Take a bit more care of your health. I recently had to have surgery at the age of 35, which kind of surprised me. You may think that this is a result of my habits, and I believe that would be true to a certain extent.
Tell us something that’s true that almost nobody agrees with you on.
That some fundamental laws are not so fundamental. We live in an era when we’ve managed to sort out most of the things around us (except for some really heavy stuff like brain activity during sleep and the like). This creates a bias that our achievements are not challengeable. However, I believe they are.
As an entrepreneur, what is the one thing you do over and over and recommend everyone else do?
Take risks. The surest path to getting nowhere is to do nothing, so I always think it’s better to keep moving forward. Even if you fail, you’ve learned something about how to succeed the next time.
What is one strategy that has helped you grow your business?
Building community before the launch. It’s a proven hack to get your startup off the ground quickly. You may not have anything yet, even a website, but you should create a community of people whose problems your product aims to solve. The worst thing you can encounter as a founder is working on something for a long time, then opening the door and seeing no one in front of you. This can be a killer.
What is one failure you had as an entrepreneur, and how did you overcome it?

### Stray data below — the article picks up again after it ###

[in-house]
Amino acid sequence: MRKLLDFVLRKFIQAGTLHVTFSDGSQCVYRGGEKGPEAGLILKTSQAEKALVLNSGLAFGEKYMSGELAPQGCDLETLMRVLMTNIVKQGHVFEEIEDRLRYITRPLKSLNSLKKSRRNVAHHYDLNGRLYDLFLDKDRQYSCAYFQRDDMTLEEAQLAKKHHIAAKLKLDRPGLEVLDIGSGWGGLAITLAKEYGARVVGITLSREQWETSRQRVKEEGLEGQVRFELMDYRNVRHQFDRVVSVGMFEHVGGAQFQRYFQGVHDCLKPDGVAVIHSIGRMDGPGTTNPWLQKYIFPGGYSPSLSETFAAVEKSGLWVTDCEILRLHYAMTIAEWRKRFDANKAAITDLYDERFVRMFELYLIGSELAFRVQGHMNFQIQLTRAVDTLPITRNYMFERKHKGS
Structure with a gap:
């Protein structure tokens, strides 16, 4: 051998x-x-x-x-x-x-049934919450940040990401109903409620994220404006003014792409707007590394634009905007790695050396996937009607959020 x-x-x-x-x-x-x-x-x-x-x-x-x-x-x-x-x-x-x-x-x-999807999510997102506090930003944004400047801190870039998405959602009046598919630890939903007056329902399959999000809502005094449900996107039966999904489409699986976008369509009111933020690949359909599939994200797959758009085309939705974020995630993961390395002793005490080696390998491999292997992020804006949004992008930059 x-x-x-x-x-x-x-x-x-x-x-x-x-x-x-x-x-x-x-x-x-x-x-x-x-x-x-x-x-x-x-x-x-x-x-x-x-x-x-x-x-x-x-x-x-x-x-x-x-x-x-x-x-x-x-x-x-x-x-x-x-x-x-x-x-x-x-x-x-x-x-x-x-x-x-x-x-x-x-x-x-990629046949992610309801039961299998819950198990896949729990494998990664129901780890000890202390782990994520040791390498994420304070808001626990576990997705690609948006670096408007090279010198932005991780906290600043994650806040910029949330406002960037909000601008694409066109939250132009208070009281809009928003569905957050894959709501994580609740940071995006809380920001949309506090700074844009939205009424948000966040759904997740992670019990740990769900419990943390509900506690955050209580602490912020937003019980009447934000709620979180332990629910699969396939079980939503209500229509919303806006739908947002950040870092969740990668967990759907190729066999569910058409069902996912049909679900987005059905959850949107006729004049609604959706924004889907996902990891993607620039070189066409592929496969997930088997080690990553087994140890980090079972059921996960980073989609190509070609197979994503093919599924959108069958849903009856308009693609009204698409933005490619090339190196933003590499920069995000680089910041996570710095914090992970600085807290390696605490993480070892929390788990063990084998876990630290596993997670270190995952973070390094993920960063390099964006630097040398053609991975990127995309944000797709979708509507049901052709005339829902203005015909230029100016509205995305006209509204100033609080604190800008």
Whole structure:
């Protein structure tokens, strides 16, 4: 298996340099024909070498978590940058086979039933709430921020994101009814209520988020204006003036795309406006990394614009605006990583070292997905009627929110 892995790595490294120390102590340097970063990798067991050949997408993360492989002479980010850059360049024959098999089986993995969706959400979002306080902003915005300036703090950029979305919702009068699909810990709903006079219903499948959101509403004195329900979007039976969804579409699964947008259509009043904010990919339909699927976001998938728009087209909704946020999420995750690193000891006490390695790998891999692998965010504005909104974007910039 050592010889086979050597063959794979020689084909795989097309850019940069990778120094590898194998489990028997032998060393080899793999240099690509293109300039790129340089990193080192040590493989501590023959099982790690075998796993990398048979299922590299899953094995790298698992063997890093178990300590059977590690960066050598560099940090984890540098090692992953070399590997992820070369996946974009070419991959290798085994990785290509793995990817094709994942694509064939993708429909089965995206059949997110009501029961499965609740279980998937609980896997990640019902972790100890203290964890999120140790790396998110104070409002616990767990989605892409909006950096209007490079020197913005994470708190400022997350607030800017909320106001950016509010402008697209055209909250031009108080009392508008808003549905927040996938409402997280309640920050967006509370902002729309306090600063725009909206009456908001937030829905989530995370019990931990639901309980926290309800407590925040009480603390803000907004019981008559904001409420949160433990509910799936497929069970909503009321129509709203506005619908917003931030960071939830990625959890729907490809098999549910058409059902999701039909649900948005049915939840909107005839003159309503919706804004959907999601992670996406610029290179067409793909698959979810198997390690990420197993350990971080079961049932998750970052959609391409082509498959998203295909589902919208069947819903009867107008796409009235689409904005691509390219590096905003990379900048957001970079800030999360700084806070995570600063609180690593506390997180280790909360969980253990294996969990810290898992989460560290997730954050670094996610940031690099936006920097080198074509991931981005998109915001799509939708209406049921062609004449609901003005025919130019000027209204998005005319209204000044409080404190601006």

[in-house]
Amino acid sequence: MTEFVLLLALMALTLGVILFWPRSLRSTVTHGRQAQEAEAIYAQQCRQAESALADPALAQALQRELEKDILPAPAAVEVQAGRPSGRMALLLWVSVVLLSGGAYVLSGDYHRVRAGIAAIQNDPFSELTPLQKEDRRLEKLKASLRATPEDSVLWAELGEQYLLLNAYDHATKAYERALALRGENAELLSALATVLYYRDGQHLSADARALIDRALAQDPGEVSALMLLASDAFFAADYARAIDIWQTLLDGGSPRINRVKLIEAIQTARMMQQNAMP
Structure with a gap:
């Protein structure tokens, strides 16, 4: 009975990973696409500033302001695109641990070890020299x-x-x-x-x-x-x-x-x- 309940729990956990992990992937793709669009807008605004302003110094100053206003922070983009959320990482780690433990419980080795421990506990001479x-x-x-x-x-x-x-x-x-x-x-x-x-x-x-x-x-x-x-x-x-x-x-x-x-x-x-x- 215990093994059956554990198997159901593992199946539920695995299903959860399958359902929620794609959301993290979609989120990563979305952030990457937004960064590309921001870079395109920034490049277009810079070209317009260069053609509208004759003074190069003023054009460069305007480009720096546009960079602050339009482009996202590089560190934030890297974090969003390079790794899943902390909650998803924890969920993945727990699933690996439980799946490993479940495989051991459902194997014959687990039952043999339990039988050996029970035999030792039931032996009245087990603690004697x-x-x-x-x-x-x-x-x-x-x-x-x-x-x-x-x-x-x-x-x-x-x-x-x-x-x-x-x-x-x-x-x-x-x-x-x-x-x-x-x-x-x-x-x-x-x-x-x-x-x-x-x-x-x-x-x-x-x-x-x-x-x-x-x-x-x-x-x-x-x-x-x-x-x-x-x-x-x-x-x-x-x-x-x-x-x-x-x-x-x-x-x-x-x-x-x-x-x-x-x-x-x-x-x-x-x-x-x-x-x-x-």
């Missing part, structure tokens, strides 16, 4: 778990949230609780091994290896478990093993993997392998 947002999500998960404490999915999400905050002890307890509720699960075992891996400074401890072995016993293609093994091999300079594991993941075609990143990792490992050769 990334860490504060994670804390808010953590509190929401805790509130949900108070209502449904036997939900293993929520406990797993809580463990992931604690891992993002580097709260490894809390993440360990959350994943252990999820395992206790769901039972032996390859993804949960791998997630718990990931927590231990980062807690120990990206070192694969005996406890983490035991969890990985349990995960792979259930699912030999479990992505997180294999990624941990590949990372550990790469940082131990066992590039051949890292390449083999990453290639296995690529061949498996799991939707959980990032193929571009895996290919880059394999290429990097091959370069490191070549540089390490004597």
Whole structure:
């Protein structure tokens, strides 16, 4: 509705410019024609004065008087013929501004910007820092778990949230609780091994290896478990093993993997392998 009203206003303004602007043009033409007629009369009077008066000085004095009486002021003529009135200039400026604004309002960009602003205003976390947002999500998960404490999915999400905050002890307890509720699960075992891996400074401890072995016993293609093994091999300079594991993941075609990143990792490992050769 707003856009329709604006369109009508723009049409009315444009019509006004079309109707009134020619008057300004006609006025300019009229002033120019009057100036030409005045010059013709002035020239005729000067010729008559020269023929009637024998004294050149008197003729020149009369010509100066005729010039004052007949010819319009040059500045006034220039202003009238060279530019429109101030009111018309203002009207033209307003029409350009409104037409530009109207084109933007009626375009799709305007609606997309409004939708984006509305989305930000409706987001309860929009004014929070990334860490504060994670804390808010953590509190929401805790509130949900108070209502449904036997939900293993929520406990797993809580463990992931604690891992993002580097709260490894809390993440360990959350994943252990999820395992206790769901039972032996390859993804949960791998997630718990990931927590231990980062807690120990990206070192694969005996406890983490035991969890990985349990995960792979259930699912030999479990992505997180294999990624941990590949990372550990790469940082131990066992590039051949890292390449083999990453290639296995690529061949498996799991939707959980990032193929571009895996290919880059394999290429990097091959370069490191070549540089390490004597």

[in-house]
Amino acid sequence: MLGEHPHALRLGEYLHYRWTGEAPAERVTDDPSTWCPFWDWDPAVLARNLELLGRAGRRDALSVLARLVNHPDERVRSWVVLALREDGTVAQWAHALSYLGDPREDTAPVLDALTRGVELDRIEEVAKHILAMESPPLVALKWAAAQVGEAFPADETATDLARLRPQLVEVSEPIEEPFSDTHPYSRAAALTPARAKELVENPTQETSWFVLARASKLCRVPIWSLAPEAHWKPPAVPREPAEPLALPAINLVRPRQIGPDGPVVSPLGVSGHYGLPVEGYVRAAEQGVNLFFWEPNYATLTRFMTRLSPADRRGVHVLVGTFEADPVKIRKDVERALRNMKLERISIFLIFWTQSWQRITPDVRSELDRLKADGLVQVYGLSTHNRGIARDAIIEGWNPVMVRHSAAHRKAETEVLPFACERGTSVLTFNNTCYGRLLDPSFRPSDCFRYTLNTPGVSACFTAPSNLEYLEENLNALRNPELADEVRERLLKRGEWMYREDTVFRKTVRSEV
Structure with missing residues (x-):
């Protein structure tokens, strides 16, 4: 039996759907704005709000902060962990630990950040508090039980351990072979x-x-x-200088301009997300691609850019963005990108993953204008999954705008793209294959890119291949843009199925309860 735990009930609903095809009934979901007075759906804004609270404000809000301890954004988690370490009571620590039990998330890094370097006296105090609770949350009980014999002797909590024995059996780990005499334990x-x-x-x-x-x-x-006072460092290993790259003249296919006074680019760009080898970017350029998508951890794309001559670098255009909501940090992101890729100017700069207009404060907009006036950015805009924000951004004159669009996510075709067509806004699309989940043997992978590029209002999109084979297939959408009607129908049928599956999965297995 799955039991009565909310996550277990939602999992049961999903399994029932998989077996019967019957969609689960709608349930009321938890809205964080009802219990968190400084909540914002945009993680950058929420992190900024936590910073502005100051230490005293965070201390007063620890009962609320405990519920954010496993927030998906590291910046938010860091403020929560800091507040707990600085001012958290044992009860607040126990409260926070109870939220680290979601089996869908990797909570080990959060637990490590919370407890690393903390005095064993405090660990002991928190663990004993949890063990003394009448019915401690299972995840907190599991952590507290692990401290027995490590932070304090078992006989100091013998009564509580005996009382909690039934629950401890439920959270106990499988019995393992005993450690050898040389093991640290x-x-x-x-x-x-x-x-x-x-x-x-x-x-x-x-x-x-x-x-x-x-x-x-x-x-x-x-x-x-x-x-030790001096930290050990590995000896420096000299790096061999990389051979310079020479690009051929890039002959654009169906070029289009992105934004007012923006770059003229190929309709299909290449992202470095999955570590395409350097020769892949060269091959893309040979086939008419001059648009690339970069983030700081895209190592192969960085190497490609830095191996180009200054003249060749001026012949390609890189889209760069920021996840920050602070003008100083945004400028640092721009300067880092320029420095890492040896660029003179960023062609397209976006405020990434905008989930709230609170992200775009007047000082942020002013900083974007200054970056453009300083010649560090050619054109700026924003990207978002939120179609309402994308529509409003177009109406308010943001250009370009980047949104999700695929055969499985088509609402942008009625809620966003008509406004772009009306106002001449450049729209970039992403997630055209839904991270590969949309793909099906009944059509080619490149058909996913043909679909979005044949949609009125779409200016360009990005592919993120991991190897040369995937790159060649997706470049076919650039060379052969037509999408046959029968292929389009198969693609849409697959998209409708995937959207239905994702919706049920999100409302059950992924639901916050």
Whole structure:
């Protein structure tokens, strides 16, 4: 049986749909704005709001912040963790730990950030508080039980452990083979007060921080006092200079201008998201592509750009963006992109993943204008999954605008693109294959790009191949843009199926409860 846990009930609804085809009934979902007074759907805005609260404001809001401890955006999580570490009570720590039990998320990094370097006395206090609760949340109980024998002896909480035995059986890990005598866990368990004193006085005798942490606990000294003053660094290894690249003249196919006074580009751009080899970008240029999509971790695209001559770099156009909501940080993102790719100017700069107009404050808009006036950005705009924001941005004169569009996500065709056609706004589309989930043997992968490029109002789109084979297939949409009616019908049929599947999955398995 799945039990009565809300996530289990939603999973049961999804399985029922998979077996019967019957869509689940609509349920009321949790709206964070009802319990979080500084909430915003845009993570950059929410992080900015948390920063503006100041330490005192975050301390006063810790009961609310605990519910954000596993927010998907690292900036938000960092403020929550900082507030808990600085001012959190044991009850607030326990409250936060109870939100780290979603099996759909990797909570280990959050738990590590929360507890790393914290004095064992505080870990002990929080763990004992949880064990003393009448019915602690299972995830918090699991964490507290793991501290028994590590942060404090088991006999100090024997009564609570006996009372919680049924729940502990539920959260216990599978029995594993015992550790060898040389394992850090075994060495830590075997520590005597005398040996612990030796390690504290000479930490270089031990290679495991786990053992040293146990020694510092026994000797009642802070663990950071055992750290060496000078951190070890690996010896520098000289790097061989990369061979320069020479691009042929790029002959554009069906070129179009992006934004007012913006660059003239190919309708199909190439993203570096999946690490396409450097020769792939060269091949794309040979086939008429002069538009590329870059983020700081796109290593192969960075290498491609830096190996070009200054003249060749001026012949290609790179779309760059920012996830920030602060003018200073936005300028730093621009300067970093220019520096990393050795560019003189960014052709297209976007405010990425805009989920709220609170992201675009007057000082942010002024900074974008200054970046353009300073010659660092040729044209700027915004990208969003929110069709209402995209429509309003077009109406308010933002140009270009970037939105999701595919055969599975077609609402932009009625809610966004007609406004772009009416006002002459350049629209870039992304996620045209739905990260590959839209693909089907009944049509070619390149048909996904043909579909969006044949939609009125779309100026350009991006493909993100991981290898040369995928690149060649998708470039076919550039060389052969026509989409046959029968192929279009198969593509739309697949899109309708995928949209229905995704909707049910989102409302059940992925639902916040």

Trying to raise early funding from VCs. It’s a huge temptation for founders to get VC funds on board as soon as possible. I personally haven’t succeeded in that a single time I’ve tried it. In all cases, I ultimately turned to angel investors who were just awesome down the line.
What is one business idea that you’re willing to give away to our readers?
Doing something to study and help with kids’ sleep schedules. Our case might be a bit skewed, but I remember my wife and I trying to lull our baby to sleep for 10 hours in a row with no success, and in the midst of the pandemic when no one can help out. This is on top of me building my super-exciting startup and my wife trying not to kill herself taking care of a baby who won’t sleep! There should be a hack beyond the known (and not very useful) advice. The value prop headline would be: Save tons of hours and your marriage!
What is the best $100 you recently spent? What and why?
$10 (ten, not a hundred) on a streaming service that lets me watch Formula 1 races for almost the whole year. I struggled with getting access through the official app and with cable tv, but suddenly was referred to a service that does the same thing with no hassle and 10 times cheaper.
What is one piece of software or a web service that helps you be productive?
Notes (the native MacOS app). I use it for jotting down notes, plans for the day, updates drafts, strategising — for pretty much everything. I love simplicity, and this app helps me focus on the core, not cluttering the space with unnecessary things like typography, text markup and other aesthetic stuff that can be done at a later stage.
What is the one book that you recommend our community should read and why?
“Angel” by Jason Calananis for sure. It’s an insightful playbook for everyone who wants to get into angel investing.
What is your favorite quote?
“If you really want to do something, you’ll find a way. If you don’t, you’ll find an excuse.”
- Don’t be afraid to take risks
- Raise early funding from angel investors only
- Create a community of people whose problems you’re going to solve
- Don’t forget about yourself
Steve (Stefan) Junge hails from Germany and helps with the day-to-day publishing of interviews on IdeaMensch. While he and Mario don’t share a favorite soccer club, their enthusiasm to help entrepreneurs is a shared passion.